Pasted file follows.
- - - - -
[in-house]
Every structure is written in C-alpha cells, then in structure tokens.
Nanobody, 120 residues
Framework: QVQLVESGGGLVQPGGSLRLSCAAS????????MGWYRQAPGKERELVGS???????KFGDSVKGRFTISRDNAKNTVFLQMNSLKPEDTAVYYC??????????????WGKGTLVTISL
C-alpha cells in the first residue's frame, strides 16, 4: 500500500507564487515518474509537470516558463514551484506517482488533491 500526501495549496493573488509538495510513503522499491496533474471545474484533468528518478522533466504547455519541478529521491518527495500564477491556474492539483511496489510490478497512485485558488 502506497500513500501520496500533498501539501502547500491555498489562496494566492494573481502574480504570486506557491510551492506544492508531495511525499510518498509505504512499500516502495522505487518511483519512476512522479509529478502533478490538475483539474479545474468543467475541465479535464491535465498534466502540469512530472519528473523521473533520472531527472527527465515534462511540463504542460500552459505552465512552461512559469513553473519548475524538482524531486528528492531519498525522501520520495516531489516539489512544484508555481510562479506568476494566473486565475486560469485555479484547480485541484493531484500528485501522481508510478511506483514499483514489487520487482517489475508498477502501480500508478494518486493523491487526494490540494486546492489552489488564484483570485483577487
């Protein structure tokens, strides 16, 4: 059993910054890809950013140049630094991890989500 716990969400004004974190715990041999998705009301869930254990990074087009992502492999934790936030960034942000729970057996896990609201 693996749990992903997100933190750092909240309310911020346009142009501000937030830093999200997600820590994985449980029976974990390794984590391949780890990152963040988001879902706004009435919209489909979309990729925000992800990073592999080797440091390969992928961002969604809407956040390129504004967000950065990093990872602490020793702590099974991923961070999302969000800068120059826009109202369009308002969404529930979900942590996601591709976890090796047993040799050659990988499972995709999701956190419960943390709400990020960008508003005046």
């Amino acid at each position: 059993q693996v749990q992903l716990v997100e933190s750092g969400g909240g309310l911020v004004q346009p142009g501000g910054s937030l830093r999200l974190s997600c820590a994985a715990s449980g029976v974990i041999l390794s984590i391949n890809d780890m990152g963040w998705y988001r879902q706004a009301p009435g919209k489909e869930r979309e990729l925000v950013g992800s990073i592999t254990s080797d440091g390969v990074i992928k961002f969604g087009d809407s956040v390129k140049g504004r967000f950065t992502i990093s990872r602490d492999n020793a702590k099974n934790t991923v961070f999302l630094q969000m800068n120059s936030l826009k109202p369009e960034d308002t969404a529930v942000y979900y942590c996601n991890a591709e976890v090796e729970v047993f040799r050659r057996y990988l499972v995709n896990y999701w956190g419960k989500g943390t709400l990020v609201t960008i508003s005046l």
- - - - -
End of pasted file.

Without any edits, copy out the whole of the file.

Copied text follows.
[in-house]
Every structure is written in C-alpha cells, then in structure tokens.
Nanobody, 120 residues
Framework: QVQLVESGGGLVQPGGSLRLSCAAS????????MGWYRQAPGKERELVGS???????KFGDSVKGRFTISRDNAKNTVFLQMNSLKPEDTAVYYC??????????????WGKGTLVTISL
C-alpha cells in the first residue's frame, strides 16, 4: 500500500507564487515518474509537470516558463514551484506517482488533491 500526501495549496493573488509538495510513503522499491496533474471545474484533468528518478522533466504547455519541478529521491518527495500564477491556474492539483511496489510490478497512485485558488 502506497500513500501520496500533498501539501502547500491555498489562496494566492494573481502574480504570486506557491510551492506544492508531495511525499510518498509505504512499500516502495522505487518511483519512476512522479509529478502533478490538475483539474479545474468543467475541465479535464491535465498534466502540469512530472519528473523521473533520472531527472527527465515534462511540463504542460500552459505552465512552461512559469513553473519548475524538482524531486528528492531519498525522501520520495516531489516539489512544484508555481510562479506568476494566473486565475486560469485555479484547480485541484493531484500528485501522481508510478511506483514499483514489487520487482517489475508498477502501480500508478494518486493523491487526494490540494486546492489552489488564484483570485483577487
């Protein structure tokens, strides 16, 4: 059993910054890809950013140049630094991890989500 716990969400004004974190715990041999998705009301869930254990990074087009992502492999934790936030960034942000729970057996896990609201 693996749990992903997100933190750092909240309310911020346009142009501000937030830093999200997600820590994985449980029976974990390794984590391949780890990152963040988001879902706004009435919209489909979309990729925000992800990073592999080797440091390969992928961002969604809407956040390129504004967000950065990093990872602490020793702590099974991923961070999302969000800068120059826009109202369009308002969404529930979900942590996601591709976890090796047993040799050659990988499972995709999701956190419960943390709400990020960008508003005046």
């Amino acid at each position: 059993q693996v749990q992903l716990v997100e933190s750092g969400g909240g309310l911020v004004q346009p142009g501000g910054s937030l830093r999200l974190s997600c820590a994985a715990s449980g029976v974990i041999l390794s984590i391949n890809d780890m990152g963040w998705y988001r879902q706004a009301p009435g919209k489909e869930r979309e990729l925000v950013g992800s990073i592999t254990s080797d440091g390969v990074i992928k961002f969604g087009d809407s956040v390129k140049g504004r967000f950065t992502i990093s990872r602490d492999n020793a702590k099974n934790t991923v961070f999302l630094q969000m800068n120059s936030l826009k109202p369009e960034d308002t969404a529930v942000y979900y942590c996601n991890a591709e976890v090796e729970v047993f040799r050659r057996y990988l499972v995709n896990y999701w956190g419960k989500g943390t709400l990020v609201t960008i508003s005046l």